Hunter Faces Backlash After Shooting And Posing With Dead Giraffe

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Hunter takes aimPA

Another day, another rare animal trophy controversy. This time, including a black giraffe. 

The images, taken in South Africa, show an American hunter proudly posing next to the slain wildlife animal.

The hunter, can be seen standing and then sitting beside the black giraffe, whose face is dug into the floor.

Africa Digest wrote on their Twitter account:

White American savage who is partly a neanderthal comes to Africa and shoot down a very rare black giraffe courtesy of South Africa stupidity. Her name is Tess Thompson Talley. Please share. [sic]

If our so called governments can’t care for our wildlife then its time we stand up and responsibility of our continent, lands, resources and wildlife….share share share! and lets have a united voice against pillage of Africa, it’s the only home we have [sic]

Obviously, not many people on social media were best pleased with the photo, but offered some interesting insights on the matter:

One commenter wrote:

If the government cannot care about its citizens my dear what makes you think they even give two flying doves about an animal. Until we see the value of what we have then we will never appreciate [sic]

Another said:

SA Gov needs to change the laws to ban canned hunting on private game farms and everywhere else.

There needs to be political will to protect our wildlife& natural resources over profit.Also find the private ownership of wild animals & nature, morally & ethically foul. [sic]

A third wrote, objecting to the term ‘White American’:

I really have to ask who the “neanderthal” is who made this about the AMERICAN’s colour/race as it is of no consequence considering how many black poachers kill elephants and rhino’s in South Africa?

Why not just say ‘savage American’ or is Africa Digest a bunch of racists [sic]

About. 1.7m trophies were traded in the 10-year period between 2004 and 2014, Discover Wildlife says. Of those, 200,000 – or roughly 20,000 a year – belonged to animals that are classifed as threatened by the IUCN.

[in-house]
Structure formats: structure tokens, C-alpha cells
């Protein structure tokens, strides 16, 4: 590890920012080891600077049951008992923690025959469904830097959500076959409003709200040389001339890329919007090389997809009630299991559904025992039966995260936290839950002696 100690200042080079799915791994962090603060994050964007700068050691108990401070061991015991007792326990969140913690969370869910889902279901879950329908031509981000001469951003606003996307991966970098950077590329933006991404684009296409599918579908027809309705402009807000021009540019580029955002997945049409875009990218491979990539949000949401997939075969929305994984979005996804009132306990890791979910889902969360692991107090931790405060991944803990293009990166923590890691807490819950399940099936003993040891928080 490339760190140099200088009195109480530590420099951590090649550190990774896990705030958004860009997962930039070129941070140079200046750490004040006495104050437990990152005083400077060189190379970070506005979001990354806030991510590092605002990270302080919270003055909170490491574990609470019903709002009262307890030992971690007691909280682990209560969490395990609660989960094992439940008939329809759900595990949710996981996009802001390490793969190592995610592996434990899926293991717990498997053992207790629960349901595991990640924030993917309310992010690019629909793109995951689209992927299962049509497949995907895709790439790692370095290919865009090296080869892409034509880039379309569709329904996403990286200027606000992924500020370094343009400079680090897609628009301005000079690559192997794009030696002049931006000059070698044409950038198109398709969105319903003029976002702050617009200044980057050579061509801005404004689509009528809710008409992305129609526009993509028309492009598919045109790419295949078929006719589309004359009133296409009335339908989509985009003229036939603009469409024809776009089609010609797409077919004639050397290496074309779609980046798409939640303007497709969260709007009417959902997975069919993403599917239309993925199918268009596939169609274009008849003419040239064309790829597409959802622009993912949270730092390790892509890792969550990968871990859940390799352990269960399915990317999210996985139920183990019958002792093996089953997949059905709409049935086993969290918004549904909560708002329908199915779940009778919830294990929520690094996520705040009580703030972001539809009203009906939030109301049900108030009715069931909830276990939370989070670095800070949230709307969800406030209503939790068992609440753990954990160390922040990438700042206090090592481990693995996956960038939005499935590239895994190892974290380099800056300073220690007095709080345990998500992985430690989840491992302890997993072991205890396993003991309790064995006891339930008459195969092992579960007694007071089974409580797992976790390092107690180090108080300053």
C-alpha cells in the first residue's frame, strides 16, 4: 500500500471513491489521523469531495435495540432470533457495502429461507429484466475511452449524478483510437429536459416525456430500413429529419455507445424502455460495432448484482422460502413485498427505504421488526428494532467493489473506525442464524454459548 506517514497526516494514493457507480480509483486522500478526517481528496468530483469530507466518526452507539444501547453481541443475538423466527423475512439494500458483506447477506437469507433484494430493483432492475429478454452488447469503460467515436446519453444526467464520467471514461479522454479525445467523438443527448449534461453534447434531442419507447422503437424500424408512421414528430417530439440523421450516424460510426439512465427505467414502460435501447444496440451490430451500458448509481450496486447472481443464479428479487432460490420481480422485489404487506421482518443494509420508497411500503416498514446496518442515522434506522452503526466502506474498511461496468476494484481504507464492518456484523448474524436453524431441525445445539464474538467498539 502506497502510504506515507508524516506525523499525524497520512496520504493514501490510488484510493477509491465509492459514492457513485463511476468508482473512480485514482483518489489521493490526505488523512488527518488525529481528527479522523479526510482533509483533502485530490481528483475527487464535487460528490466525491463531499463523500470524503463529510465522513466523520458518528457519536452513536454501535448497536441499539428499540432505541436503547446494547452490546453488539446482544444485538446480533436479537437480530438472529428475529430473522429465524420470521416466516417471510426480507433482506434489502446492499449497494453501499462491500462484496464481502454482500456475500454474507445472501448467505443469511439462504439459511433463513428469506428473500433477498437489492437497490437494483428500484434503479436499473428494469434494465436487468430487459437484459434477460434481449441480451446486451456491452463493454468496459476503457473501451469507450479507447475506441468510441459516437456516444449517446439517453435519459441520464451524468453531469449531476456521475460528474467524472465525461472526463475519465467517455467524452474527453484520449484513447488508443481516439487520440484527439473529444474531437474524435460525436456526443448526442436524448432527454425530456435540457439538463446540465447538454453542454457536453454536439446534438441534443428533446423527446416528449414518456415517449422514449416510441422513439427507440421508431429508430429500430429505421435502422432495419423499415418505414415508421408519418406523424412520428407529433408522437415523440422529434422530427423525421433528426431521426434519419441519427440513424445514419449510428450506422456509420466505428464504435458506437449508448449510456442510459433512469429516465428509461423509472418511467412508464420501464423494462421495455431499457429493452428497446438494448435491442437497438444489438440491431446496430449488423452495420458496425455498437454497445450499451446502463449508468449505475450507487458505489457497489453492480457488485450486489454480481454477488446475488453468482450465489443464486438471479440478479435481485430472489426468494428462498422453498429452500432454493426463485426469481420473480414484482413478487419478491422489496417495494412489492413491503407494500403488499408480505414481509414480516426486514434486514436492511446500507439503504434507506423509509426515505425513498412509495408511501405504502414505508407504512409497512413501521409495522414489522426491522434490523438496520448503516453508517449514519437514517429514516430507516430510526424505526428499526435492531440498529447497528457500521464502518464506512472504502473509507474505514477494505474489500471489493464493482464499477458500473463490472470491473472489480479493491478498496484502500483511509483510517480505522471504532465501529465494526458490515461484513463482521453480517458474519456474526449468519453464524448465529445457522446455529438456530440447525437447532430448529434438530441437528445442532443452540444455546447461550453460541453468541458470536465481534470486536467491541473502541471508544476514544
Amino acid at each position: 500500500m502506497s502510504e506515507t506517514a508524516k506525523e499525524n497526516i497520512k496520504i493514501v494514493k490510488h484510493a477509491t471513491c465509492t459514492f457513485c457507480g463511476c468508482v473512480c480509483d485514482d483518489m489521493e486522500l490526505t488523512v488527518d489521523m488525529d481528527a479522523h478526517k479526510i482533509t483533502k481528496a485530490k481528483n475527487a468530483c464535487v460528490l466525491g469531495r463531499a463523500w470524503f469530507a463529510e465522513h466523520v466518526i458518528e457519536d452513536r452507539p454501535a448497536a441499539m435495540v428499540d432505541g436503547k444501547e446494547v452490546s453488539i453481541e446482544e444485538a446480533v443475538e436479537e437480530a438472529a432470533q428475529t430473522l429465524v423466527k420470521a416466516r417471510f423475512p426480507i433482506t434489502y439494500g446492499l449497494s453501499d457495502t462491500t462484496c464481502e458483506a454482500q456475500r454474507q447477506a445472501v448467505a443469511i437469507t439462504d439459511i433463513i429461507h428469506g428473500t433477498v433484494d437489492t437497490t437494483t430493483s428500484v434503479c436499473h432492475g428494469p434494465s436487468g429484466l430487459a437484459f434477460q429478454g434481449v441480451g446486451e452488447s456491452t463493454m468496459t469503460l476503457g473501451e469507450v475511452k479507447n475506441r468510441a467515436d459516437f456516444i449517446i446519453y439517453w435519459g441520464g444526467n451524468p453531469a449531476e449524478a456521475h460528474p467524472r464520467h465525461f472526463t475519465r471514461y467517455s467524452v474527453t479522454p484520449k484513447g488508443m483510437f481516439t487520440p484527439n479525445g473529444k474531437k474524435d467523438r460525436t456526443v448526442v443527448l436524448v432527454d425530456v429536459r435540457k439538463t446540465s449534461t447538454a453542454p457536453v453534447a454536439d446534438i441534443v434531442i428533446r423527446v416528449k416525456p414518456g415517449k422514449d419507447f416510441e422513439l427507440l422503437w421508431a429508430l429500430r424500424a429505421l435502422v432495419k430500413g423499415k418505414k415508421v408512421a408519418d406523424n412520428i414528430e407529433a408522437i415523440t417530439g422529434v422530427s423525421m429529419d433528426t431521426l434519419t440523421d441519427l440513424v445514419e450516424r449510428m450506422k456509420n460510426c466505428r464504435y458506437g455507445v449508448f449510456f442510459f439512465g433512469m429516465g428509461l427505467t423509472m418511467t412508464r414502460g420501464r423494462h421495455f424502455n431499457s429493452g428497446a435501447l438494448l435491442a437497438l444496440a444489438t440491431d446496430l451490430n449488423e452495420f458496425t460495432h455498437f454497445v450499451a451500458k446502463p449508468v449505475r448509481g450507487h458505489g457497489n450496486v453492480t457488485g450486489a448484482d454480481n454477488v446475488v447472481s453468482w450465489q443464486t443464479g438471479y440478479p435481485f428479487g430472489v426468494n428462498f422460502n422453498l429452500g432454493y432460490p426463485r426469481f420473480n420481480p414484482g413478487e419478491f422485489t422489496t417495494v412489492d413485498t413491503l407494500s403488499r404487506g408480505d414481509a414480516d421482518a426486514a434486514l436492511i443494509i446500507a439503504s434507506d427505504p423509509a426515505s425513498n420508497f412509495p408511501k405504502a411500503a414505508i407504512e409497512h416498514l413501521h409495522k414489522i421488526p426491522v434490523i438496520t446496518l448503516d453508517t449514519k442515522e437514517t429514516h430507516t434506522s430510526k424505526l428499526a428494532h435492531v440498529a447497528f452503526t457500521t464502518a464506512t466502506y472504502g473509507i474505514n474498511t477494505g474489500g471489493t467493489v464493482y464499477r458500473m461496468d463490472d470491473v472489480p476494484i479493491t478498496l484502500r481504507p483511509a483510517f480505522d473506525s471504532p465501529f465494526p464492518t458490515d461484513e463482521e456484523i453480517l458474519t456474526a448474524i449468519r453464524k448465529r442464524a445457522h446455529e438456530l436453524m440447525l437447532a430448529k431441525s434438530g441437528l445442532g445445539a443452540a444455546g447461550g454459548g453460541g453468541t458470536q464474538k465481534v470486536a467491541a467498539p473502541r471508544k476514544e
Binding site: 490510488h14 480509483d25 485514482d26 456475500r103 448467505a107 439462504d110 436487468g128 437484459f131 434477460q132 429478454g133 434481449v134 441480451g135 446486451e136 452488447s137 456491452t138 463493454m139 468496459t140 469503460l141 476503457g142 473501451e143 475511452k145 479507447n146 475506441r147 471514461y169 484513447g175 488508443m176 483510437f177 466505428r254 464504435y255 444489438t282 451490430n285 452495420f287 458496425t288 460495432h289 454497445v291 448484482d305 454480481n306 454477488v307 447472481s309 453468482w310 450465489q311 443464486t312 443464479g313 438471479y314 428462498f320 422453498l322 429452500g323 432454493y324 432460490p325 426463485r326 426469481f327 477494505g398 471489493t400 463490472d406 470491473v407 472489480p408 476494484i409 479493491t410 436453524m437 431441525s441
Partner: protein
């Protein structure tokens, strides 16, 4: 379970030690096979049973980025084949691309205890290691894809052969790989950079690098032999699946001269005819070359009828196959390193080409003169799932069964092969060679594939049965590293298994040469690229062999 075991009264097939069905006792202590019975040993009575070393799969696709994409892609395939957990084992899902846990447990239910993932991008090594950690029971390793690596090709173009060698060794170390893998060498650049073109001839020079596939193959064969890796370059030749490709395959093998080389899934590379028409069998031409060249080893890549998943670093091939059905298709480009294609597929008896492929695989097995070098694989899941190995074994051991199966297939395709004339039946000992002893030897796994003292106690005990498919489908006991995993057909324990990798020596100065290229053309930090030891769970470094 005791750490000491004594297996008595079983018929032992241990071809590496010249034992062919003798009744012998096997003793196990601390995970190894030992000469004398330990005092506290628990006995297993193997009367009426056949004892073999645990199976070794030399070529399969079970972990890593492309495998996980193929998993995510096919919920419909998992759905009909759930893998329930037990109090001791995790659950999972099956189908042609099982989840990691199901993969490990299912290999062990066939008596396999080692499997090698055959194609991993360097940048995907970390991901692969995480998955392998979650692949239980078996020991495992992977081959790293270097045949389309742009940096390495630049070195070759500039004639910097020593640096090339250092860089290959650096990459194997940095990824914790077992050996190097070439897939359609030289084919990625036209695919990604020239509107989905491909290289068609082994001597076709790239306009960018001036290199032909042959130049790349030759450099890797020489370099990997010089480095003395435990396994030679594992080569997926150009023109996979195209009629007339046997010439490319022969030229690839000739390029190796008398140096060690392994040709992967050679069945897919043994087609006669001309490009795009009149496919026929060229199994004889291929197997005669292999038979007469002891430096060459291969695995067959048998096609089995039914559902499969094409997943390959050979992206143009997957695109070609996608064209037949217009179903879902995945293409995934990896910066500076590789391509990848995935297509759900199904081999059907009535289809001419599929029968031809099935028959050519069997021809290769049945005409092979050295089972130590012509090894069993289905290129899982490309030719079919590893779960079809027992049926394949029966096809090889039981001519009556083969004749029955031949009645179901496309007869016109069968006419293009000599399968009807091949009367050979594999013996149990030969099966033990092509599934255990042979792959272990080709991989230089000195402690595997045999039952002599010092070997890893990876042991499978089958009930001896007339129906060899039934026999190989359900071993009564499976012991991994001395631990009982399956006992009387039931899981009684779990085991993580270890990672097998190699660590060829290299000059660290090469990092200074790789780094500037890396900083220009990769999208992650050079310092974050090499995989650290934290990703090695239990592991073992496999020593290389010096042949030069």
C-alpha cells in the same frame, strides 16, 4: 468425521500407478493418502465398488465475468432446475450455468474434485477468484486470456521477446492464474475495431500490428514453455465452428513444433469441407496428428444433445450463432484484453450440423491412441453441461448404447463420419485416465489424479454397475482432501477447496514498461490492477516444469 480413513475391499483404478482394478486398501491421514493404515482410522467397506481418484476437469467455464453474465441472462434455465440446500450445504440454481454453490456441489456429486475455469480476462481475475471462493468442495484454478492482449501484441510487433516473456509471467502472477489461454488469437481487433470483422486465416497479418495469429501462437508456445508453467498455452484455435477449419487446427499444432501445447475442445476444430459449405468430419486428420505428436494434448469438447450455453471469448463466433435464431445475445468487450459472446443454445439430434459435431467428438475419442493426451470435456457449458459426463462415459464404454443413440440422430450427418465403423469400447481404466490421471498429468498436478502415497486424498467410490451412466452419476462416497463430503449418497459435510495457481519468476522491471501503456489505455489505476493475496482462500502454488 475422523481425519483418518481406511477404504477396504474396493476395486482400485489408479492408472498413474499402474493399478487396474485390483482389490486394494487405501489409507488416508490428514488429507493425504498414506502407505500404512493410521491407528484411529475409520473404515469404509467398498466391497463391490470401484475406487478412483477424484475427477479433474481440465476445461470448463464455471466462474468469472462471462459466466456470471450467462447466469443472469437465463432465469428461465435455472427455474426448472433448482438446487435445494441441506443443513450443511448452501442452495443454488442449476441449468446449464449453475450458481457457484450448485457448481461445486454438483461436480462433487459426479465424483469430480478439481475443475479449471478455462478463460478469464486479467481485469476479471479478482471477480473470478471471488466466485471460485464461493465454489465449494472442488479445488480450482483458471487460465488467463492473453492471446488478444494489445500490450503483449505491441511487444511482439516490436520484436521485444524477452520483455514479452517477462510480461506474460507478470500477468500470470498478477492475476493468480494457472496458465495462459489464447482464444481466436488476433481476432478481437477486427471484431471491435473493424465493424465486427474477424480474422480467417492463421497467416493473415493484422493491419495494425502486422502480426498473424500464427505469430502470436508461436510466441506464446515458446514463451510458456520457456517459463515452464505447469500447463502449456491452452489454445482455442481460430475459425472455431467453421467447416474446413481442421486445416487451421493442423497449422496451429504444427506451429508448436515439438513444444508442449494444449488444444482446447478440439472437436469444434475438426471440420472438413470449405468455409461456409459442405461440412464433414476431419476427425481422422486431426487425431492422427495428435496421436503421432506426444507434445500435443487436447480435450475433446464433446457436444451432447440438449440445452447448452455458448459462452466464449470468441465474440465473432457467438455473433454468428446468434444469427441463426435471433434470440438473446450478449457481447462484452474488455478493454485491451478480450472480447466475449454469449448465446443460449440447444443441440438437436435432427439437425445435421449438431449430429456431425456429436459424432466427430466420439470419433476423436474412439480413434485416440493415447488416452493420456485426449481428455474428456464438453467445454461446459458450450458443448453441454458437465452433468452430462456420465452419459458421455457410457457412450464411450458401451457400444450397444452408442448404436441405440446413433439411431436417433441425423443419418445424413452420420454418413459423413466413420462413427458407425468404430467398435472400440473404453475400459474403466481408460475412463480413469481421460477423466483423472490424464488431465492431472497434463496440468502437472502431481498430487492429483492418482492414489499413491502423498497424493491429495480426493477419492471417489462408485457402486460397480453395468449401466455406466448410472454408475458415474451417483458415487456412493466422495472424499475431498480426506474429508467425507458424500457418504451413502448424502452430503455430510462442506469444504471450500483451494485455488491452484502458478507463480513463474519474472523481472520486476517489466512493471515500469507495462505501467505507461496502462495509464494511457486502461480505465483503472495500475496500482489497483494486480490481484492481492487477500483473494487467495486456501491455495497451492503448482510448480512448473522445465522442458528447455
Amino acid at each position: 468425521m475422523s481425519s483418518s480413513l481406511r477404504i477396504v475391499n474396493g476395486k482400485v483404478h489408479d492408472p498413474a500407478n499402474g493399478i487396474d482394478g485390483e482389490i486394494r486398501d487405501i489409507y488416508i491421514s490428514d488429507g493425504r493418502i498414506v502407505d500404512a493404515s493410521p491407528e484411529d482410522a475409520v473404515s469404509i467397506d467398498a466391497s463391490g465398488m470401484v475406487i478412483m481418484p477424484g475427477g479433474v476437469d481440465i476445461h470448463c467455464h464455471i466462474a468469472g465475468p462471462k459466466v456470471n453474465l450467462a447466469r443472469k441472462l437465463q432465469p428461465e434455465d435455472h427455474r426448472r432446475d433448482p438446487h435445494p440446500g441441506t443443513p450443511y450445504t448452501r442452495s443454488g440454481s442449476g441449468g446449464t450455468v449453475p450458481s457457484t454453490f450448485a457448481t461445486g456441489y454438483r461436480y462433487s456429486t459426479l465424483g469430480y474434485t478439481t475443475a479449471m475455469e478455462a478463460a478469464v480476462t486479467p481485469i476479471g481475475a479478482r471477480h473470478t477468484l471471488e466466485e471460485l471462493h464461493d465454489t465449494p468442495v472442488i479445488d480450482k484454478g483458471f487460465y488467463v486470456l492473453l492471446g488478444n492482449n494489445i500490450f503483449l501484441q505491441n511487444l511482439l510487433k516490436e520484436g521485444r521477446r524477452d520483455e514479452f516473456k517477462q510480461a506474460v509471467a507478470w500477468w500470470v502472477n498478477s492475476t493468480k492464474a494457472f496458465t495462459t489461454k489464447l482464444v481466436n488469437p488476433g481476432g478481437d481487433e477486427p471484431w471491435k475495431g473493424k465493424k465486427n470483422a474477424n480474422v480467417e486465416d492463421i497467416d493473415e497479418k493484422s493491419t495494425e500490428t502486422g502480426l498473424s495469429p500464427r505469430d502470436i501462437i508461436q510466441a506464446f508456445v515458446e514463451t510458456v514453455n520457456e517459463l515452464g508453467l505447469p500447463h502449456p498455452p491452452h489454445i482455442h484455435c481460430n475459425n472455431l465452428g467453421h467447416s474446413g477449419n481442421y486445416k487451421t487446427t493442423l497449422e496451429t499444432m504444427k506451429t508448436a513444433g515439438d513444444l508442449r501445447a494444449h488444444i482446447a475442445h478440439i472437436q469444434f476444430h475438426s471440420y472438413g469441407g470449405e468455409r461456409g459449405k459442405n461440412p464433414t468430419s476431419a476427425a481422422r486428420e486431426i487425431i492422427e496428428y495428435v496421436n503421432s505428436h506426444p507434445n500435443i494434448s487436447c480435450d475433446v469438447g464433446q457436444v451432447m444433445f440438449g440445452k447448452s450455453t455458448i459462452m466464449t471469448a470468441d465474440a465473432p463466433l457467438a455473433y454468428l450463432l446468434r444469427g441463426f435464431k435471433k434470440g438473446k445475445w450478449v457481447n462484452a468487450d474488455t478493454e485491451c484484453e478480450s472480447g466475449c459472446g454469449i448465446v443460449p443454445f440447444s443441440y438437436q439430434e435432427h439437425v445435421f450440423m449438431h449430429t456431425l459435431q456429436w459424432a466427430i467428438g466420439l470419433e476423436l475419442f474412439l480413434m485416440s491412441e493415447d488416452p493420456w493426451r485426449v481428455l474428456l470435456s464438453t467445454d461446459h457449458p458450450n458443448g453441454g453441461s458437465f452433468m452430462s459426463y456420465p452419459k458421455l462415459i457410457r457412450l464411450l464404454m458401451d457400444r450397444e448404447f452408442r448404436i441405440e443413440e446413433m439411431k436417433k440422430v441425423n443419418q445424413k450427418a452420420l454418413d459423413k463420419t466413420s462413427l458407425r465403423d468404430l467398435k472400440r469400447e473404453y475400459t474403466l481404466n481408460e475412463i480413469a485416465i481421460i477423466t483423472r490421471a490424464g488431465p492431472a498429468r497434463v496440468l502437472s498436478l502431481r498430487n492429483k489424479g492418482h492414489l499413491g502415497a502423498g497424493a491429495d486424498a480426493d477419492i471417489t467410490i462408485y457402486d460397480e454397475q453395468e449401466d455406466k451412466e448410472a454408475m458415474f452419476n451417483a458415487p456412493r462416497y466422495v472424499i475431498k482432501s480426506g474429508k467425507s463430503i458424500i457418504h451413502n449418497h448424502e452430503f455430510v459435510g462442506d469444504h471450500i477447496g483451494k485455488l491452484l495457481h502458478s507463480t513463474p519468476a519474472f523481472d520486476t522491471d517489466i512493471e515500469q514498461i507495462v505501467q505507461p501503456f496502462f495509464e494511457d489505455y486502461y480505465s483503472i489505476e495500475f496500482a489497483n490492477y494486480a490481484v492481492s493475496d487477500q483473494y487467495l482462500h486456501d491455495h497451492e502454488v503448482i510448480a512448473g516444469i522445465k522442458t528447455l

The most traded species of all was the black bear – 44 per cent of all imported trophies (93,322) came from Ursus americanus.

Next in order were the mountain zebra (12,892 trophies), leopard (10,299), African elephant (10,294), Chacma baboon (9,504) and lion (8,231).

Theis website states:

Most of the traded black-bear trophies were hunted in Canada and exported to the US. The black bear is assessed as Least Concern by the IUCN and therefore not considered to be threatened with extinction.

The cost of trophy hunting varies greatly. According to research, the market rate for hunting Africa’s Big Five in South Africa is as follows: a white rhinoceros $125,000+ (£88,000), $25,000-60,000 for an elephant, $8,500-50,000 for a lion, $15,000-35,000 for a leopard and $12,500-$17,000 for a buffalo.

A number of countries have banned trophy hunting. Except for in the state of Rio Grande do Sul, all hunting of native species is prohibited in Brazil, as it is largely in India.

In Africa, both Kenya and Botswana have banned trophy hunting. Australia, France and the Netherlands have banned the importing of lion trophies, while the UK is considering one.

A contentious argument, for sure, with no immediate answer.

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